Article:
First and foremost, thank you Ray, for your time and energy. It’s lovely of you to interview me given your own busy schedule. I truly appreciate the exposure and look forward to meeting one day for a scotch. You’re buying of course, right?

Uh… er… Would you care to share a little of your book, Eden? (Notice how deftly I changed the subject.)

Sas_KindleThe body plummeted two and a half stories into the sea. It bobbed between crests before foamy waves swept in and yanked it under the surface. The tide rushed out dragging its new possession deep into the ocean’s dark belly. Swells curled and collapsed against the shore. The evening breeze whistled an eerie tune.

Despite how tightly his fingers gripped the large barrels, the binoculars trembled in the man’s hands. He now wished he had bought the more powerful Porro-prism model. This less expensive design darkened the image, especially against a pale orange sky reflecting the chopped glass of the water. While adjusting the diopter ring behind his right eyepiece, he bit down on his lower lip.

A silhouette met his lens, haloed by the glow of the setting sun. With his breath thickening the atmosphere, he pressed the eyepiece harder against his face to stop from shaking.

The woman stood naked with her hair pinned up, loose strands trailing down the nape of her slender neck. Her palms rested on the metal railing of the balcony. As she stared out at the churning sea, he zoomed in on her face, then moved his binoculars downward to her breasts, lingering there longer than he should have. Slowly, he lowered his gaze to her flat stomach. Firm thighs extended off the arc of round buttocks. A dancer’s body—willowy and muscular, but not too muscular, she was beauty and grace, and yet, what she just did …

A hint of dark pubic hair blurred past his lens. While he re-calibrated the magnification, she drifted out of focus. When he brought her back in view, her contemplative mood had changed. She moved a chair to the corner of the terrace. Gathering up a pile of bed sheets, she crossed the threshold into the room and scurried out of view.

He dared not avert his eyes. The light was fading fast, and night would soon fall upon the villa like a magician’s cape. With his elbows pressed to his sides, he loosened his grip on the binoculars and tried to flex his aching fingers.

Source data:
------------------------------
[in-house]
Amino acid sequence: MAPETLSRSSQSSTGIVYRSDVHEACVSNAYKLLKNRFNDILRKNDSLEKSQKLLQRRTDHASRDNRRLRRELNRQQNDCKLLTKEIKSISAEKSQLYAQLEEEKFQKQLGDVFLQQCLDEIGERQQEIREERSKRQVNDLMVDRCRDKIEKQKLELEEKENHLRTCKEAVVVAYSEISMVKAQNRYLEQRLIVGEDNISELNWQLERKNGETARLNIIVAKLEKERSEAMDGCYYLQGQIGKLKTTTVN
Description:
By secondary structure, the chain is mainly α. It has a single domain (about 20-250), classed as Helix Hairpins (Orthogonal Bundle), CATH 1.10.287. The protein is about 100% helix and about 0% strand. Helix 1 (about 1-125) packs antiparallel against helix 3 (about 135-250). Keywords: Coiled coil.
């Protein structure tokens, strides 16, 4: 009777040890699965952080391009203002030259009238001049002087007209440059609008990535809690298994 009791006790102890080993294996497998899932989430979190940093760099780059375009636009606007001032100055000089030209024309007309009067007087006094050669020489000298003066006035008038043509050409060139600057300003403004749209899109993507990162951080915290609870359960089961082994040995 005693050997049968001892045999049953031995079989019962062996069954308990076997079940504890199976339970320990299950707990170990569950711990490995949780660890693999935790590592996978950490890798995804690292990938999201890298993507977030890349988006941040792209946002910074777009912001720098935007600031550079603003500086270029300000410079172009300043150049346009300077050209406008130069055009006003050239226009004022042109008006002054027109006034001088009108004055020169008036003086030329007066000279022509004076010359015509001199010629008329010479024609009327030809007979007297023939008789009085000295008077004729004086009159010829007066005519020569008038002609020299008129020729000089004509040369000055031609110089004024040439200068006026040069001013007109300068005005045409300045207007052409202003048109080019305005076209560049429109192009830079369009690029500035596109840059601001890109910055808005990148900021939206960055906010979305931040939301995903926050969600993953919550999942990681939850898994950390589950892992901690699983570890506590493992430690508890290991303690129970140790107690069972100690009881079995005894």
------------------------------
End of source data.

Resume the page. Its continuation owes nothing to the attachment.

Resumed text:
She had to come back, right?

The doors leading to the patio were still wide open. Secluded in his dark corner of the island, he spied the room as if ogling a dollhouse with its front wall sheared off, scaled down to about the same size too.

The naked woman strolled back into his field of vision as a cramp sneaked up on him. A painful twitch stabbed his wrist, reminded him of old wounds. He dropped the binoculars secured by a strap around his neck to shake out both his hands. By the time he brought the lens to his face again, she had disappeared, no … wait, she popped up from behind the bed carrying two pillows. With an unhurried pace, she stepped out on the balcony and propped the cushions on the chair, even fluffed them before re-entering the suite. She closed the wooden French doors behind her.

The light in her room replaced the sun’s blush, a poor substitute given a set of floor-to-ceiling jalousies bracketed his view. He waited to see what she would do next. His breathing deafened his ears as if he were wheezing through a mask; adrenaline pumped in his veins. She moved in front of the window facing him. With hands on her hips, legs spread apart, she stood full frontal and stared straight at him. He shrank back and jostled her image.

Could she see him?


If you would like to read more from Stranger at Sunset, or learn more about the author, please check out the following links:











The Write Stuff – Monday, June 30 – Interview With Author Lisa Alber